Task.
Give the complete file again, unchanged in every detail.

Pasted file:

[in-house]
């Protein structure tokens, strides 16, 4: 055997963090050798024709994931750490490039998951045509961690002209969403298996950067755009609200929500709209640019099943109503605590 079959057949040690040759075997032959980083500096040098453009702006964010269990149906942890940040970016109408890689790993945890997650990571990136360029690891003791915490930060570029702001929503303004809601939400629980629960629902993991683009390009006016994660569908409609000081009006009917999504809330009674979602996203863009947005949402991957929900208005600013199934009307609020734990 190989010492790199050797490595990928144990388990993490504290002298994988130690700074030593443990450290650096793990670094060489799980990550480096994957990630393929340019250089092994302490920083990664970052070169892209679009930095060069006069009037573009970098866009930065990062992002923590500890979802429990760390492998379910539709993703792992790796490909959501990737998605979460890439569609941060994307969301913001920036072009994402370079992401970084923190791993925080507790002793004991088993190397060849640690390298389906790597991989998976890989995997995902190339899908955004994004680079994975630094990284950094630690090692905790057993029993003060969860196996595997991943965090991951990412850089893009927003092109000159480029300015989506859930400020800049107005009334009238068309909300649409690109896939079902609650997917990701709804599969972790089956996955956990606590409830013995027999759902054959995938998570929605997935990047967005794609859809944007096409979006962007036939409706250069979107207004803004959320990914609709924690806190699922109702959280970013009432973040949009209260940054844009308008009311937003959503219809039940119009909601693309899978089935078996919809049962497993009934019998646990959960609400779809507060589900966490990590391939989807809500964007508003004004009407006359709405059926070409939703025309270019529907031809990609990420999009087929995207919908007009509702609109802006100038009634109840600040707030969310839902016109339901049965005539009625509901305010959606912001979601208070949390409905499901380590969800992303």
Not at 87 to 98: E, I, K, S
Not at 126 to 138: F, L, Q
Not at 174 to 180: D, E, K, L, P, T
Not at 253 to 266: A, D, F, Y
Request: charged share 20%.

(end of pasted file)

[in-house]
């Protein structure tokens, strides 16, 4: 055997963090050798024709994931750490490039998951045509961690002209969403298996950067755009609200929500709209640019099943109503605590 079959057949040690040759075997032959980083500096040098453009702006964010269990149906942890940040970016109408890689790993945890997650990571990136360029690891003791915490930060570029702001929503303004809601939400629980629960629902993991683009390009006016994660569908409609000081009006009917999504809330009674979602996203863009947005949402991957929900208005600013199934009307609020734990 190989010492790199050797490595990928144990388990993490504290002298994988130690700074030593443990450290650096793990670094060489799980990550480096994957990630393929340019250089092994302490920083990664970052070169892209679009930095060069006069009037573009970098866009930065990062992002923590500890979802429990760390492998379910539709993703792992790796490909959501990737998605979460890439569609941060994307969301913001920036072009994402370079992401970084923190791993925080507790002793004991088993190397060849640690390298389906790597991989998976890989995997995902190339899908955004994004680079994975630094990284950094630690090692905790057993029993003060969860196996595997991943965090991951990412850089893009927003092109000159480029300015989506859930400020800049107005009334009238068309909300649409690109896939079902609650997917990701709804599969972790089956996955956990606590409830013995027999759902054959995938998570929605997935990047967005794609859809944007096409979006962007036939409706250069979107207004803004959320990914609709924690806190699922109702959280970013009432973040949009209260940054844009308008009311937003959503219809039940119009909601693309899978089935078996919809049962497993009934019998646990959960609400779809507060589900966490990590391939989807809500964007508003004004009407006359709405059926070409939703025309270019529907031809990609990420999009087929995207919908007009509702609109802006100038009634109840600040707030969310839902016109339901049965005539009625509901305010959606912001979601208070949390409905499901380590969800992303």
Not at 87 to 98: E, I, K, S
Not at 126 to 138: F, L, Q
Not at 174 to 180: D, E, K, L, P, T
Not at 253 to 266: A, D, F, Y
Request: charged share 20%.